Ways to Save Money Around the House and Cut Your Monthly Expenses
These days, almost everyone is looking for ways to cut costs and save money. We're learning more about creating budgets and sticking to them, and we're also becoming more conscientious about the environment. Many money-saving ideas are also energy-saving ideas, so while you're saving money, you can also be helping the environment.
To save money around the house, first you need to look around your home and see where you're spending money on a regular basis. Write down all your monthly expenses and create a budget. Are you spending a lot in a certain area and wish you could cut back? Or are you spending money in areas you could cut out entirely? Many people are so used to the way they live, that what's obvious to some people will be overlooked by others. If you're looking for ways to cut costs around the home, see if you can relate to any of the following ideas and find ways to save money.
Save money on utilities
This is one of many areas where you can not only save money, but also help the environment. Simple things like turning off lights when you're not in a room, switching your light bulbs to energy efficient ones, not running the dishwasher or washing machine unless you have a full load, turning off machines/appliances when they're not in use, and unplugging appliances can save you money on your monthly electric bill and water bill. Also, if you can afford to replace old appliances with more energy efficient ones, the money (and energy) you will save is worth the investment.
Other ways to save on your water bill: make sure none of your taps are dripping or leaking. Take showers instead of baths, and make your showers as short as possible. If you have young kids, they usually like lots of water in the tub, but they don't need it. Instead of filling the bathtub up half way or all the way, fill it 1/3 of the way, and if your kids take daily baths, unless they're the type who get really dirty while they play, see if you can reduce the number of baths they take.
Save money on home phones and cell phones
Go over your phone bill and see if there's any way you can reduce the cost. Do you have a long distance plan that you're paying for that you rarely or never use? Could you get rid of it? Do you need the extras like call display, call wait, call answer and other similar features? All those extras can really add up. You could you get a small external answering machine instead of paying for call answer on your phone every month (I bought my digital answering machine for about $10 five years ago). If you feel you need all these extras, see if your phone company offers bundles or packages where you save money for having extra features. You could also look into plans for combining phone, internet and television, or even changing service providers if you find one that's much cheaper than your current provider.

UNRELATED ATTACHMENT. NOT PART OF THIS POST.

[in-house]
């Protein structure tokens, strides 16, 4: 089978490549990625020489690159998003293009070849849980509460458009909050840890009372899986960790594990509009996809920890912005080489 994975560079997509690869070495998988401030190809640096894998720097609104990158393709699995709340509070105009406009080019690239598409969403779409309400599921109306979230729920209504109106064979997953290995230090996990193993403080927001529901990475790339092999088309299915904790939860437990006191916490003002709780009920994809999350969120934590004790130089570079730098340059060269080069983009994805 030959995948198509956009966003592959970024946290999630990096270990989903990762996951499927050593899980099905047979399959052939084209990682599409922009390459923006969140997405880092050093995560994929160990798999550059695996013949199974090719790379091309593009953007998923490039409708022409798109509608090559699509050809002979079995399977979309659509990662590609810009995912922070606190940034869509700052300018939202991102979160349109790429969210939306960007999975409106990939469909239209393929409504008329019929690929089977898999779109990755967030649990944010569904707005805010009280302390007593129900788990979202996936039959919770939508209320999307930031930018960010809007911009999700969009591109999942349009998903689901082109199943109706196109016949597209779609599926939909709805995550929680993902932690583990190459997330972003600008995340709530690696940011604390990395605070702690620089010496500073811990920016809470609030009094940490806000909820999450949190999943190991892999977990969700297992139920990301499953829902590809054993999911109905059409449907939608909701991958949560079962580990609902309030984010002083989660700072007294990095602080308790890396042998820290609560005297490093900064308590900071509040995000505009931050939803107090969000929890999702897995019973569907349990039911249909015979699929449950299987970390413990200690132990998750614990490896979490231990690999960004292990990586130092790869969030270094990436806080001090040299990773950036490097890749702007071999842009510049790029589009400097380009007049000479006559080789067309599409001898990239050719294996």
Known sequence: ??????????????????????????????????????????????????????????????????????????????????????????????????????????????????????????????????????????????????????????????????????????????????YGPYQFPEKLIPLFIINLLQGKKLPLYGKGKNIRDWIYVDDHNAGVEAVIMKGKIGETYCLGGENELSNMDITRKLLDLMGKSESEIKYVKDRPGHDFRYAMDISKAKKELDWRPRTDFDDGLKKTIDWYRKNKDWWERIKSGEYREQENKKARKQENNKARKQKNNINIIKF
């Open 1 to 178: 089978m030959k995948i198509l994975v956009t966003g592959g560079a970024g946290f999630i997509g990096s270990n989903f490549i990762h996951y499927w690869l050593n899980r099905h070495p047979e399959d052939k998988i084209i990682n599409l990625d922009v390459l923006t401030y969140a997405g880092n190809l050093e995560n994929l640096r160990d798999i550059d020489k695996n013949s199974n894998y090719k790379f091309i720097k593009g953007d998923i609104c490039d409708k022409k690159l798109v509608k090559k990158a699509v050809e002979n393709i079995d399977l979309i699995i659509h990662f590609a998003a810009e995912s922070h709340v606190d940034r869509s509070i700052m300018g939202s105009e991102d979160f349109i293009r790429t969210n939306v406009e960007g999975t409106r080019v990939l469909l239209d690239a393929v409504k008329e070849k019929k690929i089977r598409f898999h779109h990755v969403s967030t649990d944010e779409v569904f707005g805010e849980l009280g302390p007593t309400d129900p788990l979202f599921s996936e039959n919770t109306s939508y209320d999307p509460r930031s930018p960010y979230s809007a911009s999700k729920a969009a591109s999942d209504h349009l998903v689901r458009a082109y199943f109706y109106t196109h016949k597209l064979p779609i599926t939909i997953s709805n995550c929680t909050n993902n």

As for your cell phone, there are many ways you can save money. Pay-as-you-go cell phones are a good option for people who don't use their cell phones often and wouldn't get the benefit of having a full, possibly expensive plan. If you have a large circle of friends and family, see if you can get on a family plan together and save money. Regardless of your cell phone plan, make sure you know the details - are you paying for features you don't need? Do you need unlimited texting? Unlimited talk time? Unlimited picture messaging, internet access, etc? Do you need call display, call wait and call answer? Once you know all the details of your plan, you can see if there's anything you can change to save money. Most cell phone companies offer deals online and all the details are there for you to read, which may be easier than trying to get through to a real live person on the phone.
Save money on subscriptions and memberships
Do you have magazine subscriptions? Can you live without them? Do you take the newspaper but rarely actually read it or just read a few pages then toss it in the recycling? Chances are, you could find that same news online for free and cut off your newspaper subscription. Things like magazine and newspaper subscriptions don't seem like big expenses but they're not necessities, so if you're really trying to cut costs, getting rid of them could be a good idea. Book clubs, DVD clubs, and CD clubs that lure you in with inexpensive sign-up offers, then require you to purchase a certain number of items in a certain amount of time could also be cut out. Head to your local library and get yourself a free membership. You can find not only books, but also magazines, newspapers, and many libraries now offer a large selection of CDs and DVDs for lending as well.